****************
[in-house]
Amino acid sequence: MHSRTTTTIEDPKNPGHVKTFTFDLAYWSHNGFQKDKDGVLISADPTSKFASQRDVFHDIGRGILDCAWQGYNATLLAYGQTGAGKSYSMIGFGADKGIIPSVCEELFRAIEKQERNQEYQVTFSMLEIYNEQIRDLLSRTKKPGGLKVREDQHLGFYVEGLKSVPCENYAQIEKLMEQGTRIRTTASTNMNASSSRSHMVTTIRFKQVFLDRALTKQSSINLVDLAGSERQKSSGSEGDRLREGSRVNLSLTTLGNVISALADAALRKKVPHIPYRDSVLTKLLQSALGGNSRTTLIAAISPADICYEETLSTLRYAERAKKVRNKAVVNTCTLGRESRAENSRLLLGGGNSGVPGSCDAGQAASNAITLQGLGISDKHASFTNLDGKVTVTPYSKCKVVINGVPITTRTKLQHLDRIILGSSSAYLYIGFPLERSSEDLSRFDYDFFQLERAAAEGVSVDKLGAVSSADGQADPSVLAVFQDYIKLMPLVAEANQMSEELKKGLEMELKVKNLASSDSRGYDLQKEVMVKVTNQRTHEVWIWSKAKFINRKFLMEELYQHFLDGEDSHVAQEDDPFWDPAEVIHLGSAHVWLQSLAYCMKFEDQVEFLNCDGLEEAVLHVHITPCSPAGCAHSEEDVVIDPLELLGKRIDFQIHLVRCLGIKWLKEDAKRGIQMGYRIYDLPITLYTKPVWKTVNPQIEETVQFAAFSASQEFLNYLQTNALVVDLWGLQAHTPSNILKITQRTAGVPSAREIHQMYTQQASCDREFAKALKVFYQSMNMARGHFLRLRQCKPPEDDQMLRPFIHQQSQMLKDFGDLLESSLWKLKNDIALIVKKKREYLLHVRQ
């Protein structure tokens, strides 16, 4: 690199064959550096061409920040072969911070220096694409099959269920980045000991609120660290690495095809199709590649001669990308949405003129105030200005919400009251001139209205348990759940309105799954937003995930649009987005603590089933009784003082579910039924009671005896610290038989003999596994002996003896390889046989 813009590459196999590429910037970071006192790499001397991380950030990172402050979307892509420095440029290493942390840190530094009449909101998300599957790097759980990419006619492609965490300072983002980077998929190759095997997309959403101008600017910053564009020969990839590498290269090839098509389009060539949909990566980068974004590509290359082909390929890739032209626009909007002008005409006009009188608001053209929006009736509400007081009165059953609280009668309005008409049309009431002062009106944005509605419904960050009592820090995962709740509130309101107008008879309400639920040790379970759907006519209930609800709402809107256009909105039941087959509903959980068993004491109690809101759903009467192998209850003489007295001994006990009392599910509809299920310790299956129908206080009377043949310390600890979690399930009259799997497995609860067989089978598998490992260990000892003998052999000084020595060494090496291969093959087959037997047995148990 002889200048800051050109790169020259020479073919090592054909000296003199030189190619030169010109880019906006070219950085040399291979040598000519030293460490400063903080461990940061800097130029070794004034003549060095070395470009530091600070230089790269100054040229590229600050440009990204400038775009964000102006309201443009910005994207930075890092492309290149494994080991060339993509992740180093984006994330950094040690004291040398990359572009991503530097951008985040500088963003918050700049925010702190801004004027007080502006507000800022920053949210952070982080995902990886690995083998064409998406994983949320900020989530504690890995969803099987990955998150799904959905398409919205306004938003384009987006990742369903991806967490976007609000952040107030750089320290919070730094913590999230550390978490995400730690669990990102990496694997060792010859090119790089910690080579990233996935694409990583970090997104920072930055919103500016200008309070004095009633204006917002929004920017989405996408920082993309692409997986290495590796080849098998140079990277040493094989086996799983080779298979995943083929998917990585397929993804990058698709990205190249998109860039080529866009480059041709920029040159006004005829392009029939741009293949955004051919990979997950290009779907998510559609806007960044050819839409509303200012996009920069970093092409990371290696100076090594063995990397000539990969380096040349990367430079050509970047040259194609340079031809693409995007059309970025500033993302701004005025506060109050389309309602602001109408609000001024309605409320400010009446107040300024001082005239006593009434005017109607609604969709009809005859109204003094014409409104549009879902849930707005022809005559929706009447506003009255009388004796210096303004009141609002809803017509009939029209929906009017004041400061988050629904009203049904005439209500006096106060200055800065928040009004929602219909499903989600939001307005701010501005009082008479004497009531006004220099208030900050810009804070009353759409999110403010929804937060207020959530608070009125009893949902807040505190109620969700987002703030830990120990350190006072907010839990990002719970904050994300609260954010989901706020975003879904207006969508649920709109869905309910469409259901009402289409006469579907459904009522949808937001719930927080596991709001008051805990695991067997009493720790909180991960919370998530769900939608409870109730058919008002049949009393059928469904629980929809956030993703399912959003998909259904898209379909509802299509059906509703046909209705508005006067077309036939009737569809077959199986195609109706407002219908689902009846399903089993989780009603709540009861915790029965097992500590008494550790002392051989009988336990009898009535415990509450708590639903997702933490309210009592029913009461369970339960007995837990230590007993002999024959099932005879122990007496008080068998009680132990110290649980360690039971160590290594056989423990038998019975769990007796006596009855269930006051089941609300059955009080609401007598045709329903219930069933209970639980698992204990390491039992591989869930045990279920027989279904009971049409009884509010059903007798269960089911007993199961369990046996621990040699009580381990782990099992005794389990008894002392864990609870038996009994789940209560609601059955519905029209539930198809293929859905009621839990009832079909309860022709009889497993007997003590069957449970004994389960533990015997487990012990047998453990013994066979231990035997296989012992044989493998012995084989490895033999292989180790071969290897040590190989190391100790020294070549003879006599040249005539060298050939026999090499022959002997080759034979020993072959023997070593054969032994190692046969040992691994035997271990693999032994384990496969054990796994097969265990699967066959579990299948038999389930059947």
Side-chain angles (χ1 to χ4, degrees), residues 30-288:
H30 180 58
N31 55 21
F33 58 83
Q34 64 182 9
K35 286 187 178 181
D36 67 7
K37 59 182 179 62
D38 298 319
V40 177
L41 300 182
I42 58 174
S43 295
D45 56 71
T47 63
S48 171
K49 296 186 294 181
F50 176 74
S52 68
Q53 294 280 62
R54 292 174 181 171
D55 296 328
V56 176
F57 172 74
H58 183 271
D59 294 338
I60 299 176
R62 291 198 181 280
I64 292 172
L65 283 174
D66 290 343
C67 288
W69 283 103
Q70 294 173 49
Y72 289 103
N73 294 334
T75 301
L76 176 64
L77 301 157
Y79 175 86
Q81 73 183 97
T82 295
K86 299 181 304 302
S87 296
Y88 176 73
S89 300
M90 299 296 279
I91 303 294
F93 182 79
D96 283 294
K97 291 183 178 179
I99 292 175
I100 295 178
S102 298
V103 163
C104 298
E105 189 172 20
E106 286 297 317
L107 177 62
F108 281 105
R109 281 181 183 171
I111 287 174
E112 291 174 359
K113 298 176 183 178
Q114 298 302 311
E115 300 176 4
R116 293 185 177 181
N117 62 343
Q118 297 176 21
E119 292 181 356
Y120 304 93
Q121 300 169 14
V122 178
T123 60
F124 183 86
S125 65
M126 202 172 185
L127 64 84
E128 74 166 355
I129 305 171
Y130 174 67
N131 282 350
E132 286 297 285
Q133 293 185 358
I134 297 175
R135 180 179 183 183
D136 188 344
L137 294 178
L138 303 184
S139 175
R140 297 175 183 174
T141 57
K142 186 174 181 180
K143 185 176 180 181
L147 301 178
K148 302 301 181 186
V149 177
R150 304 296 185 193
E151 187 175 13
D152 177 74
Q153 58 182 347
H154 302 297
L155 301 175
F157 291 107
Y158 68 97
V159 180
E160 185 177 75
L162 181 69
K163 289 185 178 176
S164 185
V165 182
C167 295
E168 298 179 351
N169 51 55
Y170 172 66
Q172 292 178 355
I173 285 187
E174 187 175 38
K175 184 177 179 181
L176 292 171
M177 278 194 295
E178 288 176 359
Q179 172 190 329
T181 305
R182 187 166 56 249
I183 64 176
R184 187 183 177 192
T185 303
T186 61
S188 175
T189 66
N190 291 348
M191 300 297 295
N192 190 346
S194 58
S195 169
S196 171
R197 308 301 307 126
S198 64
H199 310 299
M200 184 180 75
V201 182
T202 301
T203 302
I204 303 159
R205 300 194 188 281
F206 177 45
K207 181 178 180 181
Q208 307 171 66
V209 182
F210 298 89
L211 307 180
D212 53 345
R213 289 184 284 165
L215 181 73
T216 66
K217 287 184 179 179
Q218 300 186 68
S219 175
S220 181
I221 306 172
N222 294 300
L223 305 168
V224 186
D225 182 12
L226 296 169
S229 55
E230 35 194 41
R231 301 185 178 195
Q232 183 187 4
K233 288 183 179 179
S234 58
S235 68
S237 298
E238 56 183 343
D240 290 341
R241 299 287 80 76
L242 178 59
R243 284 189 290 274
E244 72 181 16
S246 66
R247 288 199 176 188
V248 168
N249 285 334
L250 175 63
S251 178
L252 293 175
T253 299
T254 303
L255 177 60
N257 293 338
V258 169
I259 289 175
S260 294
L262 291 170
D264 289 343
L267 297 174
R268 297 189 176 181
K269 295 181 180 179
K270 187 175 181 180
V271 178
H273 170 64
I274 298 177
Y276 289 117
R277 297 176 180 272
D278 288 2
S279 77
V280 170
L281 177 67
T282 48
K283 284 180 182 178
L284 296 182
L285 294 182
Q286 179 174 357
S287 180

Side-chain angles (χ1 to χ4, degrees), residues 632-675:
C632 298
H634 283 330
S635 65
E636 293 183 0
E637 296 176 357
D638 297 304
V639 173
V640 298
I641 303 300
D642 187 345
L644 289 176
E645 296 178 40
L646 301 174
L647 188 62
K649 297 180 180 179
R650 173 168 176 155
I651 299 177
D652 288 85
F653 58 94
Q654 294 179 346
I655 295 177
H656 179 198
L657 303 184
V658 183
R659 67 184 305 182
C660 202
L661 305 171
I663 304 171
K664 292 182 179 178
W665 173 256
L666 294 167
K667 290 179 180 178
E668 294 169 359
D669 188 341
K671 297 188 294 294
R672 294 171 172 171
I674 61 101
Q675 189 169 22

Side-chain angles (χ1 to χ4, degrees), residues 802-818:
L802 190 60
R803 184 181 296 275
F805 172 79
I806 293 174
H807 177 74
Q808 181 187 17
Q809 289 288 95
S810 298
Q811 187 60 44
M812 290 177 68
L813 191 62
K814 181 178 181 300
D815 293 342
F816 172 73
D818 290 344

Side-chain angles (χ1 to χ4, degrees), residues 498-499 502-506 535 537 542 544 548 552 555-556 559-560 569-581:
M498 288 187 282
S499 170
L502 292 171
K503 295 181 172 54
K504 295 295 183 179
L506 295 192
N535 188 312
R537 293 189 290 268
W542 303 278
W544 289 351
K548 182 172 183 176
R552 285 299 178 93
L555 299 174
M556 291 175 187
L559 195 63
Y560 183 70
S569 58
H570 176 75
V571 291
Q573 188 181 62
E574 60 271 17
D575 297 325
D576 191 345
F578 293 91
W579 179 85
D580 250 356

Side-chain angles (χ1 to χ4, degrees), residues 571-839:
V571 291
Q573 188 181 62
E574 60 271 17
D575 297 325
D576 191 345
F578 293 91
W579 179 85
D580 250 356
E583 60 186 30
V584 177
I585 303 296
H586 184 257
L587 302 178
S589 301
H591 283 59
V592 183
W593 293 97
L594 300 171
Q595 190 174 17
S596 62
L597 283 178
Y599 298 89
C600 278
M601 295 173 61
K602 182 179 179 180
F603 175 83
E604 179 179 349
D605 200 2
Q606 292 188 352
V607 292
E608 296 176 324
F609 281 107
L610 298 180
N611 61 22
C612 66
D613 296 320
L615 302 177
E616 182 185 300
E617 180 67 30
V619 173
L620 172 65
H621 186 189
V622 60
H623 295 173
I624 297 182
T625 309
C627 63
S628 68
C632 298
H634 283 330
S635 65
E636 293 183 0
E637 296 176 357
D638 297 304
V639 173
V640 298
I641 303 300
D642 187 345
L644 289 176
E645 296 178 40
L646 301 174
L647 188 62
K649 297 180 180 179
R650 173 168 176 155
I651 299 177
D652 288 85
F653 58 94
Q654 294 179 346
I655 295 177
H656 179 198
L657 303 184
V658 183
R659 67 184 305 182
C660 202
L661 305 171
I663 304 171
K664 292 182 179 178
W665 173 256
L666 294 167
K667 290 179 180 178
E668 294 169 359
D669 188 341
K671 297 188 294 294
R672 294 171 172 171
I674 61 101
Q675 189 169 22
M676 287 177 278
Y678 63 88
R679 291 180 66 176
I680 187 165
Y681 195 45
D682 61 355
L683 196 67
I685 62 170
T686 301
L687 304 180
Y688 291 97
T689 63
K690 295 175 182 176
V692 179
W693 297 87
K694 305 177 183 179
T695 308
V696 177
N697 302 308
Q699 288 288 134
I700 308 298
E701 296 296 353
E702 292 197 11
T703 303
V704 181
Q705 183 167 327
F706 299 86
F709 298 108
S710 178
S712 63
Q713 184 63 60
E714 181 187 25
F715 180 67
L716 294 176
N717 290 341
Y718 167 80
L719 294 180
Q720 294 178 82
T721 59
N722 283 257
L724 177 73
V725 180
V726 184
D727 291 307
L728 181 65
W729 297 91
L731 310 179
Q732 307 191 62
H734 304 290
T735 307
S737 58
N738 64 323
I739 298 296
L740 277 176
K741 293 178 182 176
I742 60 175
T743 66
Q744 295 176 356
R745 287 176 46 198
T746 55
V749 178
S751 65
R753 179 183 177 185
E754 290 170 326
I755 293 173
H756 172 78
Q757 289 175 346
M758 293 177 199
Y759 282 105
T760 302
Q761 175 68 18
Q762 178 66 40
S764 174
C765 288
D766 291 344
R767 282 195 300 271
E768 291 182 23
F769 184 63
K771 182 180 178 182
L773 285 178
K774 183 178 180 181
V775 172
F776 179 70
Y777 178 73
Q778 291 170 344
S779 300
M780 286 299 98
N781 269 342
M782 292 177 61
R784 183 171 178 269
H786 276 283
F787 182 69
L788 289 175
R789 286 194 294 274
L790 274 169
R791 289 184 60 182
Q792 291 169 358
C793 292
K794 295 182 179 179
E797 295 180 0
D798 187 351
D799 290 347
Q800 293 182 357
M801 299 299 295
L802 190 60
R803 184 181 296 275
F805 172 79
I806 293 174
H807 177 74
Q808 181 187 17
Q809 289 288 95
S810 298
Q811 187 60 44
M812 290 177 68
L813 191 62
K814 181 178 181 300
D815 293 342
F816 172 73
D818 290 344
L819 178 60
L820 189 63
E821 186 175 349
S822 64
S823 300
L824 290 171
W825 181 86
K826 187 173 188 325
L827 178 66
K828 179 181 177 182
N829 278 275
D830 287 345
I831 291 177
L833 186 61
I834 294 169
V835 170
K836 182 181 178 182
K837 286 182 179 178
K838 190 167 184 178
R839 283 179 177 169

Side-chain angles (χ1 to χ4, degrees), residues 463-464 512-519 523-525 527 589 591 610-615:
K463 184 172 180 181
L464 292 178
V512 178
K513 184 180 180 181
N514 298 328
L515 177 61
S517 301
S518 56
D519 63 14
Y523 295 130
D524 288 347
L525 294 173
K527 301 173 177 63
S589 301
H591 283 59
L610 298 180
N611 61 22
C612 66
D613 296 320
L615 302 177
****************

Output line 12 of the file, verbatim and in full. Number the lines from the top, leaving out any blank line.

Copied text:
D38 298 319